Phacoemulsification has come a long way in both technological advances
and newer surgical techniques that increase efficiency, cut down total surgical
time and improve the visual outcome for patients.
Unfortunately, one factor cannot be eliminated from the surgical scene
potential surgical complications. One such complication that the
ophthalmic surgeon dreads most is an accidental tear in the posterior capsule
during phacoemulsification of a cataractous nucleus. Depending on the timing of
the posterior capsular tear, the degree of difficulty can vary from relatively
easy to handle to an extremely difficult, complex situation that the surgeon
has to recover for a relatively good postoperative outcome. Associated with
capsular tear is the inherent concern of dropping the remaining lens material
into the vitreous cavity and possibly on to the retina. It would be nice to
have a surgical technique that can help insulate the surgeon from dropping the
lens material into the vitreous.
In this column, Drs. Agarwal and Jacob describe a new technique that
utilizes a pre-placed IOL within the anterior chamber as a scaffold to prevent
dropping the lens material posteriorly during phacoemulsification in the
presence of a posterior capsular rent.
Thomas John, MD
OSN Surgical Maneuvers Editor
by Amar Agarwal, MS, FRCS, FRCOphth, and Soosan Jacob, MS, FRCS, DNB
Posterior capsular rupture is one of the major problems encountered by
any cataract surgeon and is an especially daunting task when it occurs in the
presence of retained nucleus, epinucleus and cortex. The aim is to remove all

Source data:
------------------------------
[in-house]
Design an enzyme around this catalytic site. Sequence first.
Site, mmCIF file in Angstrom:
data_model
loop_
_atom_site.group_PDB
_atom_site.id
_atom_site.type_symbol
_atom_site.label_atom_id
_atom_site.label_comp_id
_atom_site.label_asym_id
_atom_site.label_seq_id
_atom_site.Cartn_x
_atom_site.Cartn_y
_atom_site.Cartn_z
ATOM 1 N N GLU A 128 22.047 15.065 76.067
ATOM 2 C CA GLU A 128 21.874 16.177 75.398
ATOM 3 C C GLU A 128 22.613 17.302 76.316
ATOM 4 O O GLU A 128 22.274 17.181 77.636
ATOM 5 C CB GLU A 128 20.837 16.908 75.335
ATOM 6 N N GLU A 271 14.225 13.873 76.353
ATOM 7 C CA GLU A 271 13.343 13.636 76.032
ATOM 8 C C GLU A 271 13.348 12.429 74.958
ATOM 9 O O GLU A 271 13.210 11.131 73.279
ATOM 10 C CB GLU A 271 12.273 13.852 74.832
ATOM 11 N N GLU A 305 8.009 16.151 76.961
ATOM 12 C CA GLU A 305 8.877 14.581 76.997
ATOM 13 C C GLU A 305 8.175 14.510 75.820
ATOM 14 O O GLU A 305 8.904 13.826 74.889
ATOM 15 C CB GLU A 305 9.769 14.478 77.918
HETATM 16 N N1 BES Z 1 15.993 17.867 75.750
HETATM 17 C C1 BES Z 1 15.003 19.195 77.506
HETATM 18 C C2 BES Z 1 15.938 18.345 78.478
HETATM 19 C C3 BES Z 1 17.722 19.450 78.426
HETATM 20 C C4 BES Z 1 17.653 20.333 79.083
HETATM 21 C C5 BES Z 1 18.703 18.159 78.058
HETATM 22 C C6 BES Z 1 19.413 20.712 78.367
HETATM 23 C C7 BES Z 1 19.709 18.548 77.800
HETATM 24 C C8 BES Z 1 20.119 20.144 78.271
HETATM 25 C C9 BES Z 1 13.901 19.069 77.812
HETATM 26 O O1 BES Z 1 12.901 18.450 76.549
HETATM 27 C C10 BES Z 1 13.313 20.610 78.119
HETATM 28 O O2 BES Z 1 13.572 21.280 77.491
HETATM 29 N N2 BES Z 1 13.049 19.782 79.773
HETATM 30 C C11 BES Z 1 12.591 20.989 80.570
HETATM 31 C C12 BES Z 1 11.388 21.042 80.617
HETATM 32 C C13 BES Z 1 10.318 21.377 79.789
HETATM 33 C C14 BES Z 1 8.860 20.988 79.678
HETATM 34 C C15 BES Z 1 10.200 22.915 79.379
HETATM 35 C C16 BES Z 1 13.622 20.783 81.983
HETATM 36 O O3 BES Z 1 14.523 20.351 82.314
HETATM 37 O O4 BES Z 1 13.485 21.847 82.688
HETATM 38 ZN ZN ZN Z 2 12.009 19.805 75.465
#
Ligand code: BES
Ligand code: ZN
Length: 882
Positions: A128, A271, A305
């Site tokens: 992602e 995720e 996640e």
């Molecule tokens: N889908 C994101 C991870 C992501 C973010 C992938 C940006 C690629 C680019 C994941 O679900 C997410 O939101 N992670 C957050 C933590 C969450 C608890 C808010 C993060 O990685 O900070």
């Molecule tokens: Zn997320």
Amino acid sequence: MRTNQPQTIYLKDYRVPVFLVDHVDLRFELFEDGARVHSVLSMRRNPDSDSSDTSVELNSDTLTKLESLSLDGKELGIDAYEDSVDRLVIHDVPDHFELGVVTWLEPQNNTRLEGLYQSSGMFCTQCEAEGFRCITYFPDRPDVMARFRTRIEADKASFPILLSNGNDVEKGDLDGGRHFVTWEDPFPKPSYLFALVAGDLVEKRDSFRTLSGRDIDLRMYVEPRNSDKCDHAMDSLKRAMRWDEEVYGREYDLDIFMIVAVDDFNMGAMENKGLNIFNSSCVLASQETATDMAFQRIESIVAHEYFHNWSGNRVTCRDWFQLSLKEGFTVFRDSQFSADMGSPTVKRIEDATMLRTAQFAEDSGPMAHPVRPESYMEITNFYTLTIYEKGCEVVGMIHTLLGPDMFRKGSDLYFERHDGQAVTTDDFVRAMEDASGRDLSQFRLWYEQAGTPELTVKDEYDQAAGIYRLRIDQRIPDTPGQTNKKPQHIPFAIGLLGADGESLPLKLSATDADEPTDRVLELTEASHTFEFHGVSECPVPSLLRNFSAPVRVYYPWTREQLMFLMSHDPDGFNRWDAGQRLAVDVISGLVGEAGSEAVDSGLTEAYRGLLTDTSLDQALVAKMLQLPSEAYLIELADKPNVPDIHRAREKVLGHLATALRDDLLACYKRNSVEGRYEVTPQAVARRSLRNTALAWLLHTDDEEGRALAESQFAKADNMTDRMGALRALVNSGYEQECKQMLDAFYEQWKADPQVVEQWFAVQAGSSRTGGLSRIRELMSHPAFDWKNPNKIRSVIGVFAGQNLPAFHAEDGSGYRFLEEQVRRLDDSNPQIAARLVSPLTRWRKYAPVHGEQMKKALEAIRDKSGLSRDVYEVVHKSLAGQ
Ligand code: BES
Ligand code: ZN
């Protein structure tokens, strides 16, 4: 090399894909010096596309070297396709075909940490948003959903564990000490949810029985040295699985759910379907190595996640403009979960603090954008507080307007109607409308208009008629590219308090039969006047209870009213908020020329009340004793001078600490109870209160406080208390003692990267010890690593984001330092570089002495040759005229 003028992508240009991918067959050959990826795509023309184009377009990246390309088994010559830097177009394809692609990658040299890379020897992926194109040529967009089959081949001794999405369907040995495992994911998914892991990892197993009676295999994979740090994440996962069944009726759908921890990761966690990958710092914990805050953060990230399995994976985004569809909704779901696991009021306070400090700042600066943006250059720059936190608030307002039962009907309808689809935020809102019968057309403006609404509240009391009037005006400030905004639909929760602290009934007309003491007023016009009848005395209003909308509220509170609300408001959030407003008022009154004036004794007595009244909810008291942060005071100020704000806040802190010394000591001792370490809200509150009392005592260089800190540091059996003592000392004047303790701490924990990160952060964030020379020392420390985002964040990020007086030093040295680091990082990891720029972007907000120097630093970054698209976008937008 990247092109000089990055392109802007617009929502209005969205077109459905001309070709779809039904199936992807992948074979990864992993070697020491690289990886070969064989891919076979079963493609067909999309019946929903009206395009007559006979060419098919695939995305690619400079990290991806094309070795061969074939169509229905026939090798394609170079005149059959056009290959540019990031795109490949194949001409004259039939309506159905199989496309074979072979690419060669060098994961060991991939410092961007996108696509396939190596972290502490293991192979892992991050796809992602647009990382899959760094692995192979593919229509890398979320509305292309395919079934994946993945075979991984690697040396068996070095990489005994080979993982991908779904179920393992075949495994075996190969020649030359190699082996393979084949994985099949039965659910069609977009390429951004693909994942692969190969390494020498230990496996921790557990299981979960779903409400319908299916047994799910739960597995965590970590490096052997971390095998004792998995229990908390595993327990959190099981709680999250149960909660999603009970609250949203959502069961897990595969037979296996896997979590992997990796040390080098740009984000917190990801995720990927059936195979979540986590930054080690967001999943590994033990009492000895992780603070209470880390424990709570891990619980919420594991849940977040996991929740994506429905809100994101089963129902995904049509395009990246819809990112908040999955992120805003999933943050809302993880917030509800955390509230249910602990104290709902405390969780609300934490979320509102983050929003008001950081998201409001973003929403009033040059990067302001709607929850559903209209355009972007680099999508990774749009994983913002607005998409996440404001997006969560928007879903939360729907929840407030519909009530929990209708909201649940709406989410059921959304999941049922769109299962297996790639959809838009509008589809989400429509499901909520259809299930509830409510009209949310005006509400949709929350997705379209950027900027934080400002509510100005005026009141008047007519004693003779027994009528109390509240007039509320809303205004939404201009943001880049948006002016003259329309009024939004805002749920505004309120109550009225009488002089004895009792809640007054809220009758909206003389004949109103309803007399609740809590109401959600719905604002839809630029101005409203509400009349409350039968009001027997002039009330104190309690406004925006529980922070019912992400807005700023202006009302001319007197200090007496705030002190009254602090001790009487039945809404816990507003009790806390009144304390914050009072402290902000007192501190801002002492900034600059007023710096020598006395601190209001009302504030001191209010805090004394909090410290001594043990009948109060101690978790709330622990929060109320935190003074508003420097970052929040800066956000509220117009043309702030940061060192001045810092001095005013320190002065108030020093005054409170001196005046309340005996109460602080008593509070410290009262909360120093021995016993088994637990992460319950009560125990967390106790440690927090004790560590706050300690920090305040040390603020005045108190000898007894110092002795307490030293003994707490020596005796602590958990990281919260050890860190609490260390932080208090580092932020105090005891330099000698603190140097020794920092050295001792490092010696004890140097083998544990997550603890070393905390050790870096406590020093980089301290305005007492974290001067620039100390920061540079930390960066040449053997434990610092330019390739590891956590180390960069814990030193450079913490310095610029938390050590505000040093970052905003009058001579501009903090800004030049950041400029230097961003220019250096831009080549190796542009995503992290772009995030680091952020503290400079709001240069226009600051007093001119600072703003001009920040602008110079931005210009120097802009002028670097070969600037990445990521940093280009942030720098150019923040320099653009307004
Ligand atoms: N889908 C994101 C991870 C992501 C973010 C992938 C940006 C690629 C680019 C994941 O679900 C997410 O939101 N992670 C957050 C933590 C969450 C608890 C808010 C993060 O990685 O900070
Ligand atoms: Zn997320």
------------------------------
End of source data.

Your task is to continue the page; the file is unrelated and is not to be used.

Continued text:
these components completely while causing the least amount of vitreous traction
and without allowing any fragment drop into the posterior segment. At the same
time, it is ideal to be able to complete the entire surgery through small
incisions, thus negating complications associated with large incisions, such as
wound leak, shallow anterior chamber, endophthalmitis and postoperative
The normal trend is to bring the nuclear fragments out of the bag into
the anterior chamber and to keep them supported temporarily on the iris until
they are emulsified in the anterior chamber or, in case of the entire nucleus,
to bring the nucleus out through a corneoscleral section. One of the problems
in emulsifying nucleus in the presence of a posterior capsular rupture is that
fragments can fall posteriorly through the posterior capsular rupture into the
vitreous cavity, necessitating a pars plana vitrectomy for their removal.
Various techniques and materials have been proposed to prevent this
complication from happening, including the use of a Sheets glide, a Hema